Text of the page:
Could Millennials Be the Key to The Success of Electric Cars?
For representational purpose. (Photo: AFP Relaxnews)
Millennials believe that switching to a greener car is the biggest single contribution they can make to the planet's future sustainability. According to a study of 2500 18-to-34-year-olds across the UK, Spain, Germany, France and Italy, 76% think that getting behind the wheel of a hybrid plug-in electric car is the key to making their lives more environmentally friendly.
Over three-quarters of European Millennials (77%) already own a car but almost two-thirds of that group are prepared to go hybrid within the next decade while over half would consider a fully electric model before 2026. When asked about the environmental issues that concern them, the study, commissioned by Nissan's Intelligent Motoring Advisory Board (NIMAB) found 53% are focused on climate change and 42% air pollution. Recycling (24%) and continued reliance on landfills for waste disposal (14%) also figure in their thoughts.
"The millennial demographic surveyed here has the potential to be hugely influential in determining the future of transport and sustainability. We have consistently found in our own research that they are early adopters of new technology, much more environmentally friendly than previous generations and generally willing to make sacrifices and lifestyle changes in line with their personal values and beliefs," said Sarwant Singh a Frost & Sullivan Senior Partner and NIMAB member.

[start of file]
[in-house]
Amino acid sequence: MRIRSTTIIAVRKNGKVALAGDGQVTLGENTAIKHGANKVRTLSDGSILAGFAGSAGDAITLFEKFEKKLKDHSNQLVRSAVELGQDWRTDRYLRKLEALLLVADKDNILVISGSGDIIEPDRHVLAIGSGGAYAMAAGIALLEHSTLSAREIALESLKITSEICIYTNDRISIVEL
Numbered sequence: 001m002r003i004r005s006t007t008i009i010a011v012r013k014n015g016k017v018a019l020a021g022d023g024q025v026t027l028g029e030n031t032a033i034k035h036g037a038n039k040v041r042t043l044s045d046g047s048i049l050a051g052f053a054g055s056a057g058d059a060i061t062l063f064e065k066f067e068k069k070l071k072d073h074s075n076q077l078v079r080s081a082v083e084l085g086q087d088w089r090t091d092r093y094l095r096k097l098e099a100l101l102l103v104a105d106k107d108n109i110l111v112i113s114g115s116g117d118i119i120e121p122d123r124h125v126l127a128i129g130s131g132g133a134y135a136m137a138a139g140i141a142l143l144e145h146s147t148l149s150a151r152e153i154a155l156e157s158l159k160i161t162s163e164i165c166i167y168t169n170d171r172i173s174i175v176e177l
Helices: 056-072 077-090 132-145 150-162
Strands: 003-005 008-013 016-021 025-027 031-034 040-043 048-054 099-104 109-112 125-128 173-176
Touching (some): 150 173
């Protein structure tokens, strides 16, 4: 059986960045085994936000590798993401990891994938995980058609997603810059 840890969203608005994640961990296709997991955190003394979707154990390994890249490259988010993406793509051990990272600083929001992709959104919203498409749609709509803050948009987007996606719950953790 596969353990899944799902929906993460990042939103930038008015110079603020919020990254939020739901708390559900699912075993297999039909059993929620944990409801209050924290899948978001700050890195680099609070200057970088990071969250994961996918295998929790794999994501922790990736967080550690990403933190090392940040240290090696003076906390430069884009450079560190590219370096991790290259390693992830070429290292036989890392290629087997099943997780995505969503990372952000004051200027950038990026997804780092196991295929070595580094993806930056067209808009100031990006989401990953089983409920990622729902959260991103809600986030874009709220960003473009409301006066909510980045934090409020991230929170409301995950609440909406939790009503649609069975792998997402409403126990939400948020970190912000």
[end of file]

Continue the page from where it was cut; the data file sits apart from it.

While Gareth Dunsmore, Director of Electric Vehicles, Nissan Europe said, "As an industry, we must work harder to engage the interests and needs of this group."
Despite millennial concerns, just 1 million new electric vehicles are expected to hit the world's roads over the course of 2016 and the highest concentration will be in Norway, where one in three new cars is a plug-in electric vehicle.
One of the biggest drivers for this unparalleled demand is state incentives. The Norwegian government has been hugely supportive of electric cars and as the latest IHS Markit research shows, incentives drive demand. "Attractive incentives in France are also spurring EV growth there," said Ben Scott, senior automotive analyst for IHS Markit. "However, a recent change in PHEV taxation in the Netherlands has somewhat inhibited the market in this country." Electric cars now make up 1.6% of new car sales in France but in the Netherlands, sales have fallen to 2.2%.